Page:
The kingdom of God and the kingdom of the world are mutually exclusive. We cannot live in both at the same time. This interaction between Jesus and his brothers forces us to ask ourselves serious questions. Do we operate our lives in concert with the world the way it thinks and responds or in concert with the will of God? Do we determine our actions based on what other people tell us to do or do we wait on God? Do we seek our own glory or God’s? If we live in concert with the world, then our time is meaningless. We can do whatever we want; it won’t matter. The world will love us, but life will have no purpose. If we seek the glory of God and live in God time, however, then our life has purpose. We don’t quit our jobs and take off to the mission field. We seek the glory of God in our job and in our community. That is when our time and our life become meaningful.
After I had worked for a couple of years as an engineer, I decided to attend law school. A relatively new Christian, I wanted to do something more significant for God. But shortly after starting law school it became apparent to me that I was using God’s name but seeking my own glory. My life was beginning to disintegrate into world time. My relationship with God and my wife began to erode. It was humbling for me to quit law school, but I needed to get back into God time.
I have been thinking a lot about my friend Pat Harrison. This week marks the fourth anniversary of his wife Anne’s going to be with the Lord. When Anne passed away, Pat was propelled into a different time and a different world. I don’t know of anyone who is more aware of what is happening around him than Pat. He sees and hears things that most of us don’t notice. He lives in God time. This is what Jesus calls us to do as well.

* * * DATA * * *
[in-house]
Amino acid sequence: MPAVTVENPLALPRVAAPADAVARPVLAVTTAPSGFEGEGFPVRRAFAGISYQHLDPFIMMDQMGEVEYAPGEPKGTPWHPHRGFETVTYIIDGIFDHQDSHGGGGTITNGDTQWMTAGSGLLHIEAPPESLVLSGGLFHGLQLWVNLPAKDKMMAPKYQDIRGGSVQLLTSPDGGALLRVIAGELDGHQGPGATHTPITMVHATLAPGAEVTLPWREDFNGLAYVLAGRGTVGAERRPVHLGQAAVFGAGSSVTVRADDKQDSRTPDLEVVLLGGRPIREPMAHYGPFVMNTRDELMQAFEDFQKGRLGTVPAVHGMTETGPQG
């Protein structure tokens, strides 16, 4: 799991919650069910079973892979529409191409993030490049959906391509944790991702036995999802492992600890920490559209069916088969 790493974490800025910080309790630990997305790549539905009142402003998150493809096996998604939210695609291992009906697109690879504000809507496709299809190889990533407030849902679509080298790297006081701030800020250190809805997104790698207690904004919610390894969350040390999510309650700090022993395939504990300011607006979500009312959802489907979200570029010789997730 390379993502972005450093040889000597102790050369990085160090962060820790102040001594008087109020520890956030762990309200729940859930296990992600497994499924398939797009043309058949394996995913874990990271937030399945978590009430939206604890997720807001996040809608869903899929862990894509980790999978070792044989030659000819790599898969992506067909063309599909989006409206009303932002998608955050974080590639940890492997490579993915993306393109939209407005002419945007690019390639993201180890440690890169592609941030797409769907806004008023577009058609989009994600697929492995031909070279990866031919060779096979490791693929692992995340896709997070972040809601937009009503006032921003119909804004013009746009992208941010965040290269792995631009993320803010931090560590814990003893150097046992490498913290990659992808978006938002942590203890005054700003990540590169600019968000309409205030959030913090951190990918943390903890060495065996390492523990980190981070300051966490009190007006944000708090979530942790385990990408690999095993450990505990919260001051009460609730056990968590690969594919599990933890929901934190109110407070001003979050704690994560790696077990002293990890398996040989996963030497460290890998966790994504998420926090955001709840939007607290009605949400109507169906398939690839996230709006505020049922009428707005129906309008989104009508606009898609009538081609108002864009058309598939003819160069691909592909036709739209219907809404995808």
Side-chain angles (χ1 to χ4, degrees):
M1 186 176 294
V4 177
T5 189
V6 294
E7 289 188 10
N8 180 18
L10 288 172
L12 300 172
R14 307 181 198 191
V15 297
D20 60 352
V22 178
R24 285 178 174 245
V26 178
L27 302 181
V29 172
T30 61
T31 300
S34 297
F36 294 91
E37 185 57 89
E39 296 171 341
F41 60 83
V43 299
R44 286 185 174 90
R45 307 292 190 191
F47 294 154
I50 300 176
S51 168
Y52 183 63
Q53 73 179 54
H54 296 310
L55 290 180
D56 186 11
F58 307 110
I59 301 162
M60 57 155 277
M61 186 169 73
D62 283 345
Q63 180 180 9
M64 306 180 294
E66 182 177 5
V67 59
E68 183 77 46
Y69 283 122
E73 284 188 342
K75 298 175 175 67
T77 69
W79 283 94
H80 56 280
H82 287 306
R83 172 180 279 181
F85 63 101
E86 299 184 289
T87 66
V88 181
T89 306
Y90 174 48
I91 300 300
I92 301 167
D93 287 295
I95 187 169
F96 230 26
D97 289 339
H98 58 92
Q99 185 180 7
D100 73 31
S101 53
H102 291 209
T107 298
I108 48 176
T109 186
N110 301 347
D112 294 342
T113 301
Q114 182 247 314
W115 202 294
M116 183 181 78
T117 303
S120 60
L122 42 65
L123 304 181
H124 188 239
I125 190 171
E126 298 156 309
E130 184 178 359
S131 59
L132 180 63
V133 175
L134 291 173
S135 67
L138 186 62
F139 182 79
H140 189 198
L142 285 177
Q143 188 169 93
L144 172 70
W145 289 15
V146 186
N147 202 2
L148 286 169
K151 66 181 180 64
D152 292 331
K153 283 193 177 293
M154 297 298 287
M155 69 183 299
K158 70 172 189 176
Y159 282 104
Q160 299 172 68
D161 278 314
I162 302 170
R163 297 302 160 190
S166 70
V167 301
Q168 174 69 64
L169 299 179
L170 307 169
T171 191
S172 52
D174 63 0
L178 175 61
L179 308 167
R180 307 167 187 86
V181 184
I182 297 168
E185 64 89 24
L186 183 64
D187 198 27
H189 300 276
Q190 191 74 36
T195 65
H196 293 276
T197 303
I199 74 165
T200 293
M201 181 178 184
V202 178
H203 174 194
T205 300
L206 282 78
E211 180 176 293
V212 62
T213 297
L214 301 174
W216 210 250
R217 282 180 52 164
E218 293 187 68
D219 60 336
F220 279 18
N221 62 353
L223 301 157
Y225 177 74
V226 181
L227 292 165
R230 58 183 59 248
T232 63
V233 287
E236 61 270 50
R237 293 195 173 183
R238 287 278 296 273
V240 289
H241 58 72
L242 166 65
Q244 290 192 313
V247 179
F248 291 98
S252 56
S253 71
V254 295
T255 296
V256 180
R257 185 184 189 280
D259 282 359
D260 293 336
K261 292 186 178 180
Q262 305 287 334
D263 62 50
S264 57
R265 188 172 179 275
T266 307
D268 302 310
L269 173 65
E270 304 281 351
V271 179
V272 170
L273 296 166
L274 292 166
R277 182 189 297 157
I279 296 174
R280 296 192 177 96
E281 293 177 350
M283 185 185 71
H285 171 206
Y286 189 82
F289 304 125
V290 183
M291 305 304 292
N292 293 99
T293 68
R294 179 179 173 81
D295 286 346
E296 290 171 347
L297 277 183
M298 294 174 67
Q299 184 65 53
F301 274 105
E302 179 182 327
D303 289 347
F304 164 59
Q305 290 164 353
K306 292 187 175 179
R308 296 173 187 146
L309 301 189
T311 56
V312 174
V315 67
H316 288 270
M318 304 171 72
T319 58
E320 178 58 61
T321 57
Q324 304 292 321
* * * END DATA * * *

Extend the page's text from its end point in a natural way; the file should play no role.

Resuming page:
John’s text also poses an important question for the church. In many ways the church operates just like the world, like the brothers of Jesus, seeking to be popular and attract more people. Sadly, the church can easily operate in world time, employing the techniques and strategies of the world to be more successful. This is not the way God intended it to function. The church is an organism, the body of Christ. It’s not an organization. It functions best when every member is using his or her gifts to the building up of the whole. Much of the time this doesn’t look slick or impressive, but the Scriptures are clear as to how the church is to live in God time. If the church is not careful it will not seek God’s glory but its own.
At last, Jesus goes up to Jerusalem for the feast.
But when His brothers had gone up to the feast, then He Himself also went up, not publicly, but as if, in secret. So the Jews were seeking Him at the feast and were saying, “Where is He?” There was much grumbling among the crowds concerning Him; some were saying, “He is a good man”; others were saying, “No, on the contrary, He leads the people astray.” Yet no one was speaking openly of Him for fear of the Jews. (7:10-13)